Survey Finds Voter Registration Processes Stuck in Place

Survey Finds Voter Registration Processes Stuck in Place

Elections have undergone an array of changes in the past few years, most of them in the direction of modernization. But as millions return to the polls this fall for the mid-term election,'s latest Election Reform Briefing "Holding Form: Voter Registration 2006," finds that the process of voter registration remains largely unchanged.

The report, the result of a survey of state election directors conducted at the start of the 2006 primary season, found that even as technology marches forward with new machines and new databases, voter registration is by comparison still largely a paper-and-pen affair requiring stamps and mail boxes. Lead times can exceed a month in some states, and rules regulating what information is on forms -- as well who can distribute and collect them -- vary greatly across state lines.

"The report demonstrates that while the only constant in election reform for the past six years has been change, this area - the first step in the process of becoming a voter - is firmly entrenched in the 20th Century," said Doug Chapin,'s director. "Advances in virtually every other areas of elections have not yet found their way to the process of voter registration - and especially not the part that most would-be voters experience."

Among the findings:

  • While the variety of services available from state governments online is growing in most areas, it remains largely under-utilized in the voter registration field. Forty-one states use the Internet as a place for voters to find forms, but once located such forms still need to be printed, filled out by hand, and sent to or dropped off at a registrar's office.   
  • Only one state, Arizona, allows for a completely paperless, online registration, using digital signatures from DMV transactions. Even with the Internet option, however, Arizona voters must complete the registration at least 29 days before an election.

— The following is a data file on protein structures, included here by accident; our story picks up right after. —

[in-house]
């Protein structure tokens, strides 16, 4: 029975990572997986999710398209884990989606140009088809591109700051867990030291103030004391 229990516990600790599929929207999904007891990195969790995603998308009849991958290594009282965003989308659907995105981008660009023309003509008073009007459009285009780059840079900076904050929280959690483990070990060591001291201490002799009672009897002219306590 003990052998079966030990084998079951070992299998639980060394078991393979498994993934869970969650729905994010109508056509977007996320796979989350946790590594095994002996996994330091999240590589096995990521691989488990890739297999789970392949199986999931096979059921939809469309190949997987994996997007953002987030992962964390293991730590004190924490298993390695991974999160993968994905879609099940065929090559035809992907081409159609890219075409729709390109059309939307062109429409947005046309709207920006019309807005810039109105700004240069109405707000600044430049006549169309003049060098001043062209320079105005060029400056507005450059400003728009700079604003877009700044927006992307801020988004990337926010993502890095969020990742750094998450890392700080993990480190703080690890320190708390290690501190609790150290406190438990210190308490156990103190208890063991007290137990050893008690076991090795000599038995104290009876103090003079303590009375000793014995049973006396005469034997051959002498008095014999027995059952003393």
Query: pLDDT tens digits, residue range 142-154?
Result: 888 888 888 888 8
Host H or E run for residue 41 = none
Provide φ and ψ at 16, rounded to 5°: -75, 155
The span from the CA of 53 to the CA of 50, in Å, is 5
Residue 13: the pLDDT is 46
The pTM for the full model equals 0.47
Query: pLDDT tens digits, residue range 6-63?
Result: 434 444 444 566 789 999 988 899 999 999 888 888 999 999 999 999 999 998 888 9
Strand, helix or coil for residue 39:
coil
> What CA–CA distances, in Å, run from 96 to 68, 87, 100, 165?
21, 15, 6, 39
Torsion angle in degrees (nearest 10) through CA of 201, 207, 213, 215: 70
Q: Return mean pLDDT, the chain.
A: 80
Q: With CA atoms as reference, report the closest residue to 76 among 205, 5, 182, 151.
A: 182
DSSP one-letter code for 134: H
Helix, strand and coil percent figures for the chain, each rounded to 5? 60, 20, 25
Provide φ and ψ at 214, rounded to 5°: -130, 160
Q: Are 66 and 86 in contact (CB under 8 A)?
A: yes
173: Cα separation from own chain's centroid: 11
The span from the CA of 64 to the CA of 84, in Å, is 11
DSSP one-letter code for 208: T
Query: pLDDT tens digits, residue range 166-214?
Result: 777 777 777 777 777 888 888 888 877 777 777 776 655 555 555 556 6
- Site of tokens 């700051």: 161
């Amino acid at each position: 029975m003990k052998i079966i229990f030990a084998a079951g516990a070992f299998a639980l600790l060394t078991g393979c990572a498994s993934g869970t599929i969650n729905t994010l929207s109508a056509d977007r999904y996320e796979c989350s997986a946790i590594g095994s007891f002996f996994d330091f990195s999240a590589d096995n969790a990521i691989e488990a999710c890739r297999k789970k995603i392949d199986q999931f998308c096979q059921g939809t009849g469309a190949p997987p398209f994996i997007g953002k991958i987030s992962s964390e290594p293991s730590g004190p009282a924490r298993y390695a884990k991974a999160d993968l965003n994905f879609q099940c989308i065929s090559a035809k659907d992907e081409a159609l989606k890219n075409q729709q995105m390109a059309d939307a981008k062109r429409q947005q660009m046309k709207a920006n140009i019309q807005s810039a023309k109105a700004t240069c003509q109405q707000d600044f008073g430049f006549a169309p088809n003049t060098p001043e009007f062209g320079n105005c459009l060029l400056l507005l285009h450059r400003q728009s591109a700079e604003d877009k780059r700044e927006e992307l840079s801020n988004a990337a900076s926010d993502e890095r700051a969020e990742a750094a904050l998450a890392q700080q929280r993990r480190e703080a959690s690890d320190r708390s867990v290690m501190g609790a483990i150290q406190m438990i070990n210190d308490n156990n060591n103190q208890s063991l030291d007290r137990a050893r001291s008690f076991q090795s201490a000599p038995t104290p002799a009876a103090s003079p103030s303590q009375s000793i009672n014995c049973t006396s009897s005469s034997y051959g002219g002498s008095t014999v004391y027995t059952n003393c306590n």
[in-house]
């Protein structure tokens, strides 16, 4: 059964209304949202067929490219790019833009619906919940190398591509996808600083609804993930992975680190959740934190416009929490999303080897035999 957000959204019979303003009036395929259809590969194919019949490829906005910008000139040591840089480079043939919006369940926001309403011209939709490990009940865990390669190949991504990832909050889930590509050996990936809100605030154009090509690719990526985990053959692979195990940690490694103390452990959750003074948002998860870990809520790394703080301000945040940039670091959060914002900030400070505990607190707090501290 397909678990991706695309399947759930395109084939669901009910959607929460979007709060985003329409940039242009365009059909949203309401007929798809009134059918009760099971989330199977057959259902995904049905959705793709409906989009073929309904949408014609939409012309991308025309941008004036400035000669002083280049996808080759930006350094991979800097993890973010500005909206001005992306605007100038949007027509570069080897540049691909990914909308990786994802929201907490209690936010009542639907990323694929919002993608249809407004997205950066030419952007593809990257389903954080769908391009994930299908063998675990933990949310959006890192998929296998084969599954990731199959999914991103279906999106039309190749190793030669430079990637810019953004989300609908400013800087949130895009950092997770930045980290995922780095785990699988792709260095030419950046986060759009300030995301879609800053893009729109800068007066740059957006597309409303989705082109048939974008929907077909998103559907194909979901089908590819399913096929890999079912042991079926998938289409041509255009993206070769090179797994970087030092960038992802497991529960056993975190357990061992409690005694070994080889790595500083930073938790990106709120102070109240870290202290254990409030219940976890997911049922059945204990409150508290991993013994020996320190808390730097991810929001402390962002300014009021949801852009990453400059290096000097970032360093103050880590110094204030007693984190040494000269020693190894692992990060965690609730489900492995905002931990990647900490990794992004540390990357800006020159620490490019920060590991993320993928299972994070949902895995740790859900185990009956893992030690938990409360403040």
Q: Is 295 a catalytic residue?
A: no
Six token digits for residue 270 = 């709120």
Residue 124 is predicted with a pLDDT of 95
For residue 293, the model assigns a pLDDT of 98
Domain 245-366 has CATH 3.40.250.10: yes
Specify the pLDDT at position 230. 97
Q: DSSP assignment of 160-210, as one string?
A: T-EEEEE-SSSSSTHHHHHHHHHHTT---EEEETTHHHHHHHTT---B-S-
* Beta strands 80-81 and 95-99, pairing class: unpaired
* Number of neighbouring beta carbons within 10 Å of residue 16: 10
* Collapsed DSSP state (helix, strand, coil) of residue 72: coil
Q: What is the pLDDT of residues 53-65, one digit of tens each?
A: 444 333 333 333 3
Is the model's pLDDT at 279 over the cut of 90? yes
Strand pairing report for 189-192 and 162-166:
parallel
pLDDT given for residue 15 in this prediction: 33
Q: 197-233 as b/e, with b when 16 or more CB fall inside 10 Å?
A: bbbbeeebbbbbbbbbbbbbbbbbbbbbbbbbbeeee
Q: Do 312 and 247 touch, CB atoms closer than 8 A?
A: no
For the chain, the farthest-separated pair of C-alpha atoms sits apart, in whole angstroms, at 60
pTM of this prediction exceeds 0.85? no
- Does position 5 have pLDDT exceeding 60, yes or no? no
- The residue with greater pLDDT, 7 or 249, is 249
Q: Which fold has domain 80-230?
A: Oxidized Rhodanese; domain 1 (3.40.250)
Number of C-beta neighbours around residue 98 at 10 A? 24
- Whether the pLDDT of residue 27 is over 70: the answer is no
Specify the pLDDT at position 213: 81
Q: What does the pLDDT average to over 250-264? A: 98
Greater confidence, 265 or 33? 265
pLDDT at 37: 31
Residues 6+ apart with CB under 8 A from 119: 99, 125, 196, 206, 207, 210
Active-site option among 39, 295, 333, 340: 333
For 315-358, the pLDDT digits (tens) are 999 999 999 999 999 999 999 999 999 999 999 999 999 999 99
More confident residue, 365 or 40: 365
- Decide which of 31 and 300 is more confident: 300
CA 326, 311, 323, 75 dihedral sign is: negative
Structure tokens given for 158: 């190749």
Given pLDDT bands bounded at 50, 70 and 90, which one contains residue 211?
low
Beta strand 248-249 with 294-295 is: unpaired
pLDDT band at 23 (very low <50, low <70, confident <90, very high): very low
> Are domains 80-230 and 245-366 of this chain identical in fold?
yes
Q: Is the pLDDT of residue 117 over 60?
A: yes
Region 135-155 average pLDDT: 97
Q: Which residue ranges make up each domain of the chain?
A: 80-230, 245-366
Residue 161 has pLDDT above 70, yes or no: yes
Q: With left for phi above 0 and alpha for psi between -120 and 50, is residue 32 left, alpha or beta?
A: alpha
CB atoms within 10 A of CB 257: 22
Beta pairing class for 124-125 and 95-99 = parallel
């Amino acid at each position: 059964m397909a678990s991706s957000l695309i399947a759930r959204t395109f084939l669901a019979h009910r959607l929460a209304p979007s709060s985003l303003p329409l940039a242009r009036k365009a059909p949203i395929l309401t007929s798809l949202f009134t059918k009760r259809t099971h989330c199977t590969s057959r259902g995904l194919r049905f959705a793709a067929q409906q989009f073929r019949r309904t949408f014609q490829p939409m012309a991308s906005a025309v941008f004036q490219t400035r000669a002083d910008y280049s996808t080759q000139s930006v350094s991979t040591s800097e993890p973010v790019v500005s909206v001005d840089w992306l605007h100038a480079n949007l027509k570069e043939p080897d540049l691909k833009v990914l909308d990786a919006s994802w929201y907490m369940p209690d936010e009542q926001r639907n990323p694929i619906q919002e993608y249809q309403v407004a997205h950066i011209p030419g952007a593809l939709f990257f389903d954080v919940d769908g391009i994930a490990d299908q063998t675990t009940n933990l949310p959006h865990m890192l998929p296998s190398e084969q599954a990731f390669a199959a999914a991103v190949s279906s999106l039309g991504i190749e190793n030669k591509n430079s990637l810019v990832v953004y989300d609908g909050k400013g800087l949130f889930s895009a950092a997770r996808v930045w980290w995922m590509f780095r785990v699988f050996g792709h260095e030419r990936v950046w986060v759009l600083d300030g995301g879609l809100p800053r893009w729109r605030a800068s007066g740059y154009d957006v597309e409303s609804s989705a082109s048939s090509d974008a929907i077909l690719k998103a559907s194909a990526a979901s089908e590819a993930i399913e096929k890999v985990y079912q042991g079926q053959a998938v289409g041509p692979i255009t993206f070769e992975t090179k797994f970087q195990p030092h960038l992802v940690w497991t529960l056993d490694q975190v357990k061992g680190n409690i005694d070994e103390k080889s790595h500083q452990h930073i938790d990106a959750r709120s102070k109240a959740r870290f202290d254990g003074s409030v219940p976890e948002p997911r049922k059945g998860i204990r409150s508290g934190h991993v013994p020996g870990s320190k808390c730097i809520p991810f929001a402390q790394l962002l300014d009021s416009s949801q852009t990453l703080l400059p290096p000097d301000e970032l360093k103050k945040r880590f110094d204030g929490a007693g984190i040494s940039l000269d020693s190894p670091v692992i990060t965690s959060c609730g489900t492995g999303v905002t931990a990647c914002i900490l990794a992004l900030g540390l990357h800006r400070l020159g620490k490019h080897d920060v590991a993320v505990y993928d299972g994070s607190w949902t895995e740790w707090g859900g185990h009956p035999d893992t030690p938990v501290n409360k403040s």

• Restrictions on "third party" registration drives conducted by political parties, civil rights groups, environmental activists and others are growing nationally as each federal election cycle brings scattered reports of mishandled or discarded registration applications. Of the 37 states responding to the survey, 17 indicated that rules are in place requiring some increased level of scrutiny registration drives - sometimes to the dismay of groups organizing from such drives. Rules vary, from mandatory training or registration of volunteers in some states, to "anti-bundling" regulations in Ohio that prohibit the return of multiple applications, to Florida's new $5,000 fine for every voter registration application that cannot be accounted for by the group who solicited the application.   
  • Most states do not maintain statistics on the number of rejected applications. Those that did indicated the numbers nationally could be in the hundreds of thousands each year. The most common reasons - applicants are not old enough, do not have a valid address or are not U.S. citizens.   
  • While localities were not separately surveyed, state officials indicated that local registrars of voters contact applicants if mistakes are identified on registration applications. However, it is not known if the practice is standard for all applicants in all localities.

"The reluctance to embrace technology is not unsurprising, especially considering the unease with which many view the modernization of elections generally," Chapin said. "While there may continue to be technological advances in the area of voter registration in the foreseeable future, I would expect such advances to be met with the same skepticism and scrutiny that has attended modernization efforts in other parts of the voting process."

------------------------- is the nation's leading nonpartisan, non-advocacy organization researching, analyzing and reporting on election administration and reform. It is funded by The Pew Charitable Trusts with a grant administered by the University of Richmond.

Pew is no longer active in this line of work, but for more information, please visit